Informative Speech Essay
The History of Telephone
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Have you ever thought how life would be without a telephone or a cell phone in the 21st century? I can bet that almost every person today owns a phone. Typically, the majority of the youth have had a phone the whole of their lives. The funny thing is that, despite many people owning phones, they are no longer using them as phones anymore (Bogost, 2015). Very many tasks have been connected to phone usage. The latter started occurring when portable phones were improvised. In places like the United States, very few people communicate using wired telephones since the majority of citizens prefer using wireless phones which they carry along with them everywhere they go. For the last few months, I have conducted several studies in readiness for this speech and the bottom line is the history of the telephone. Back in the years, the telephone could transmit information via transmission lines, but due to the growing technology, it has advanced, and currently, we have wireless phones. It is amusing to see how the content that was conveyed via telephone has changed over the years. At first, it was voice call which advanced to video calls and sending of images. Therefore, it is important to have a clear understanding of where telephone has come from, where it is today, and where it will be tomorrow by recognizing the different dignitaries in its development. (Informative Speech Essay)
Informative Speech Essay Outline
Allow me to take you through the evolution of telephone dating back to the nineteenth century through to the twenty first century. The first case of telephone came to the limelight in the year 1870 when two scholars independently invented devices with electric cables that transmitted sound. These inventors are known as Elisha Gray and Alexander Graham. Upon their discoveries, they both registered their respective inventions at the patent office (Beauchamp, 2010). Later there was a great battle on the ownership of the invention between the two scholars of which Alexander Graham won. He went further to improve the device, and three years later, he came up with the Telegraph. However, it did not take long before Graham realized the limitations of the device. He noticed that the telegraph could only send and receive one message at a time. With his knowledge and understanding of music and sound, Graham managed to improve the issue, whereby the devices would then receive and send more than one message at the same time along the same wire (Gilbert & Muldowney, 2012).
Let us shift our focus to the year 1877. During this year, Graham managed to make the first permanent outdoor telephone, which would go up to a distance of three miles. A year later, there was the development of the workable exchange that made it possible to switch calls between subscribers and this replaced the use of the direct lines. Three years later (1880), the long distance communication service further developed to the use of the metallic circuits (Gilbert & Muldowney, 2012).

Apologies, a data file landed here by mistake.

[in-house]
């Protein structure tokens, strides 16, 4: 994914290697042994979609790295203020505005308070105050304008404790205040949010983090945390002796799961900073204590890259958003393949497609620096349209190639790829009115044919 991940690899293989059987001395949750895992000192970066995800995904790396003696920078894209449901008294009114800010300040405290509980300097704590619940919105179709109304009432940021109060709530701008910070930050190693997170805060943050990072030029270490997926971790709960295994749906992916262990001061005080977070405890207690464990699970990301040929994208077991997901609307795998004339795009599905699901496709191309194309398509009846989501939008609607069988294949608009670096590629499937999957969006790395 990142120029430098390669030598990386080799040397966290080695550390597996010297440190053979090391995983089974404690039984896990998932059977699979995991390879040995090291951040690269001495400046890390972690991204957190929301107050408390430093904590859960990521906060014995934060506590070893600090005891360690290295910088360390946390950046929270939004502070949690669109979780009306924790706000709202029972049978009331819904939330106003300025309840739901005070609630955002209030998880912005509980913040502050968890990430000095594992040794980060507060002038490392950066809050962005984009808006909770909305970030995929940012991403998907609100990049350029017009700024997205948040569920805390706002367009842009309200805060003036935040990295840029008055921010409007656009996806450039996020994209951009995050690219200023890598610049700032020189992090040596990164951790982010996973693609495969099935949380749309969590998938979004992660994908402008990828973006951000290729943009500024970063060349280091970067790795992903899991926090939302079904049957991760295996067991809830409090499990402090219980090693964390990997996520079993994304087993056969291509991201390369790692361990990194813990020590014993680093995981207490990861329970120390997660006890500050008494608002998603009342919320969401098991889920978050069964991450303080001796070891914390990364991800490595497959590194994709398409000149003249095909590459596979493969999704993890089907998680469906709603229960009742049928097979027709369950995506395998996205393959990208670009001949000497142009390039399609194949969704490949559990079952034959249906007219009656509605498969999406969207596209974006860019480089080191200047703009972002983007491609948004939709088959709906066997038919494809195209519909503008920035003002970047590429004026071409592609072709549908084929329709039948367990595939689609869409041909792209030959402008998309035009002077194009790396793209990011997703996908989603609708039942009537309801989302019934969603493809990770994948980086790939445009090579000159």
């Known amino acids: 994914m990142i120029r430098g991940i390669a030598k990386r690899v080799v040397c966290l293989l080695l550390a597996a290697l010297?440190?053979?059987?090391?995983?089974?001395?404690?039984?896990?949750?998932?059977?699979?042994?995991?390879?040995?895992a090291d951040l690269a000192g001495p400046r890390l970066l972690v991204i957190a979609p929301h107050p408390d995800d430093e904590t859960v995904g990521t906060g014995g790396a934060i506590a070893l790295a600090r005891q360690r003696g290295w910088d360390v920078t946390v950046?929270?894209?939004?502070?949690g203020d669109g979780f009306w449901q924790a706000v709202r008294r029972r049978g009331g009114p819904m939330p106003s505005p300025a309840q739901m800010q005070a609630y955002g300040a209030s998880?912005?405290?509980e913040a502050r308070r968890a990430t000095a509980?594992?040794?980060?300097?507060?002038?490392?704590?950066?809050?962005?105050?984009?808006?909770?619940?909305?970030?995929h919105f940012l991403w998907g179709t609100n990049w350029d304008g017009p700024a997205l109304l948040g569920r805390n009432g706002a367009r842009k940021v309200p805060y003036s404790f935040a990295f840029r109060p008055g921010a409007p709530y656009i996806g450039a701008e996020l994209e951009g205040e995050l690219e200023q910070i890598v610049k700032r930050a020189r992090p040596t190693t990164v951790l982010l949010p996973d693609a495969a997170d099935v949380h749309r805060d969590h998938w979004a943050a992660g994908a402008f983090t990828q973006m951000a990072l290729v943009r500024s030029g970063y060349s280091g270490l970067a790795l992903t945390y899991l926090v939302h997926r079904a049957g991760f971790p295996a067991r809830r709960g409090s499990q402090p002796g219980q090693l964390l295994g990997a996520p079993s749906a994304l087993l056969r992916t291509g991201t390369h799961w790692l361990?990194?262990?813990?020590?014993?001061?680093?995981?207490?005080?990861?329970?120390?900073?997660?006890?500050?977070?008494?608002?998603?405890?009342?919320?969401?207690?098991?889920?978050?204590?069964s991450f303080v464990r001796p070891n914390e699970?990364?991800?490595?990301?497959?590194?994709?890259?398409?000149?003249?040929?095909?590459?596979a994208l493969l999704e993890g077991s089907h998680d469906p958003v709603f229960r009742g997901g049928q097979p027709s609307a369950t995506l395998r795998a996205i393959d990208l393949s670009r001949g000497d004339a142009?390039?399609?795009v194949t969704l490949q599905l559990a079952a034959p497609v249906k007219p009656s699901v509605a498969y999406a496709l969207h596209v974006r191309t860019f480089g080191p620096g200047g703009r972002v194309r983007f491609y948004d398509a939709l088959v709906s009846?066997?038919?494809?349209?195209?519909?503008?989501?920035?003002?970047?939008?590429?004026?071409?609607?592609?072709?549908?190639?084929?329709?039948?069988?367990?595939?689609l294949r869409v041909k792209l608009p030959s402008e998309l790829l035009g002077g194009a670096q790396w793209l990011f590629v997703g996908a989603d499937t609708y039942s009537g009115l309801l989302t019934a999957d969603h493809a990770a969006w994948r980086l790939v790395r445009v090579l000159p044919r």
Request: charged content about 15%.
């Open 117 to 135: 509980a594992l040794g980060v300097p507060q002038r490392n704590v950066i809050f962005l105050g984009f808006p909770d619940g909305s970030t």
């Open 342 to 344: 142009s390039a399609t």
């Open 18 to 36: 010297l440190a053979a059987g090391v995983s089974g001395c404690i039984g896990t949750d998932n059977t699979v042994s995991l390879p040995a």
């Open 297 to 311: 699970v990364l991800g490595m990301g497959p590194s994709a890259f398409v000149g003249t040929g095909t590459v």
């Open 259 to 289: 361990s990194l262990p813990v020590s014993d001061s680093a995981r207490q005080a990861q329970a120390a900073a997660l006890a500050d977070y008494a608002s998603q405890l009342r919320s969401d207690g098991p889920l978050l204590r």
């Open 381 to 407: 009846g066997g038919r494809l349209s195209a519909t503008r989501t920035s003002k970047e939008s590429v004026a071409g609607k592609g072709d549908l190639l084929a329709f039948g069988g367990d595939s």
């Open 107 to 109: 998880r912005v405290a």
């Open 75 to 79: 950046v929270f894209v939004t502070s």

Still, in the nineteenth century (1891), Kansas City undertaker invented an automatic dialing system, which facilitated the establishment of the first telephone operated using coins in Hartford, Connecticut. Bell Graham then started his company in 1904, which came up with the French phone, which had the receiver and transmitter in a single and simple handset and this has been supported by Beauchamp (2010).
According to Beauchamp (2010), in the year 1921, there was a new invention whereby three conversations would take place on two different lines at the same time, which was made possible by switching many calls using the phantom circuits. Six years later, the first transatlantic service became operational, and it was from New York to London. At this point, the signals were no longer transmitted through the wires, but rather through radio waves. In the 1940s, further inventions including the operation of the commercial mobile services, transistors, and microwave radio technologies took place. In the 1980s, various scholars then came together to develop the fibre optic cables, which enabled the phone to accommodate the large volume of calls than the microwaves. From the 1890s, 1990s up to date, there have been incredible advancements in the electronic technology, which has eventually resulted in the development of the modern mobile phones popularly known as smartphones.
Having taken you through the development of the telephone up to the present day, you can see how much technology has impacted the communication sector. I can therefore conclude that the future of phones is anticipated to entail more sophisticated devices that are developed to serve mores tasks that they are performing today. The same way phones are changing; we will keep on upgrading our phones and getting rid of the outdated ones. The latter means that information communication technology is inevitable in the modern society.
Beauchamp, C. (2010). Who invented the telephone?: Lawyers, patents, and the judgments of history. Technology and Culture, 51(4), 854-878.
Bogost, I. (2015). Why Do People Hate Making Phone Calls?. The Atlantic. Retrieved 15 June 2017, from https://www.theatlantic.com/technology/archive/2015/08/why-people-hate-making-phone-calls/401114/
Gilbert, A. C., & Muldowney, A. (2012). U.S. Patent No. 8,090,082. Washington, DC: U.S. Patent and Trademark Office. U.S. Patent No. 8,090,082. Washington, DC: U.S. Patent and Trademark Office.
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